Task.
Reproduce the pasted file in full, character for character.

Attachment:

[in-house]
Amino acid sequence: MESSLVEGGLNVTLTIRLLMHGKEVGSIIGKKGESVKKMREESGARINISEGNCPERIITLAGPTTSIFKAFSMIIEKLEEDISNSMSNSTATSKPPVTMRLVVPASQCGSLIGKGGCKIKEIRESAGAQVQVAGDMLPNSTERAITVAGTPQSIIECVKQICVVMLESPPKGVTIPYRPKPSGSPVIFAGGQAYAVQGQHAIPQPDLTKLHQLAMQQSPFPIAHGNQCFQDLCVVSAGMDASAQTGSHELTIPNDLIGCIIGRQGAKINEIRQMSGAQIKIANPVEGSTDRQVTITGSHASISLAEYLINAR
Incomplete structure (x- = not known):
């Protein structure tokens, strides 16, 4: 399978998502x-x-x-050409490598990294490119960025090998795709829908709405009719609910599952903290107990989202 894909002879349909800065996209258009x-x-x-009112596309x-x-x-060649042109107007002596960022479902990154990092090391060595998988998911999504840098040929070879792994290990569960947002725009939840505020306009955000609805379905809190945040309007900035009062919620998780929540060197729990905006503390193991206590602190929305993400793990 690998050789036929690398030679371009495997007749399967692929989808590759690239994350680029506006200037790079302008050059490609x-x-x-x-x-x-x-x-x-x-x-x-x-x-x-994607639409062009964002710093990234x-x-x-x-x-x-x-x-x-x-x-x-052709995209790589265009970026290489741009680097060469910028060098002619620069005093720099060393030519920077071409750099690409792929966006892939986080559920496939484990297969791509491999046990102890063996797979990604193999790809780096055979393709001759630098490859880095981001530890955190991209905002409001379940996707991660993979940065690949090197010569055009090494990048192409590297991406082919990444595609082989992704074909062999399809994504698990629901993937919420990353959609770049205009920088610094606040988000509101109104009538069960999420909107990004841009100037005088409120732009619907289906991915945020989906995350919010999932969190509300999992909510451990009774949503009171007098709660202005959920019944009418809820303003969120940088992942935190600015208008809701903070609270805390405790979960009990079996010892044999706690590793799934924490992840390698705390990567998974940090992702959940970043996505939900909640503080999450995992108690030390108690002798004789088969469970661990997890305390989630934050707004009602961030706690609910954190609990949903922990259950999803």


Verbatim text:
[in-house]
Amino acid sequence: MESSLVEGGLNVTLTIRLLMHGKEVGSIIGKKGESVKKMREESGARINISEGNCPERIITLAGPTTSIFKAFSMIIEKLEEDISNSMSNSTATSKPPVTMRLVVPASQCGSLIGKGGCKIKEIRESAGAQVQVAGDMLPNSTERAITVAGTPQSIIECVKQICVVMLESPPKGVTIPYRPKPSGSPVIFAGGQAYAVQGQHAIPQPDLTKLHQLAMQQSPFPIAHGNQCFQDLCVVSAGMDASAQTGSHELTIPNDLIGCIIGRQGAKINEIRQMSGAQIKIANPVEGSTDRQVTITGSHASISLAEYLINAR
Incomplete structure (x- = not known):
């Protein structure tokens, strides 16, 4: 399978998502x-x-x-050409490598990294490119960025090998795709829908709405009719609910599952903290107990989202 894909002879349909800065996209258009x-x-x-009112596309x-x-x-060649042109107007002596960022479902990154990092090391060595998988998911999504840098040929070879792994290990569960947002725009939840505020306009955000609805379905809190945040309007900035009062919620998780929540060197729990905006503390193991206590602190929305993400793990 690998050789036929690398030679371009495997007749399967692929989808590759690239994350680029506006200037790079302008050059490609x-x-x-x-x-x-x-x-x-x-x-x-x-x-x-994607639409062009964002710093990234x-x-x-x-x-x-x-x-x-x-x-x-052709995209790589265009970026290489741009680097060469910028060098002619620069005093720099060393030519920077071409750099690409792929966006892939986080559920496939484990297969791509491999046990102890063996797979990604193999790809780096055979393709001759630098490859880095981001530890955190991209905002409001379940996707991660993979940065690949090197010569055009090494990048192409590297991406082919990444595609082989992704074909062999399809994504698990629901993937919420990353959609770049205009920088610094606040988000509101109104009538069960999420909107990004841009100037005088409120732009619907289906991915945020989906995350919010999932969190509300999992909510451990009774949503009171007098709660202005959920019944009418809820303003969120940088992942935190600015208008809701903070609270805390405790979960009990079996010892044999706690590793799934924490992840390698705390990567998974940090992702959940970043996505939900909640503080999450995992108690030390108690002798004789088969469970661990997890305390989630934050707004009602961030706690609910954190609990949903922990259950999803």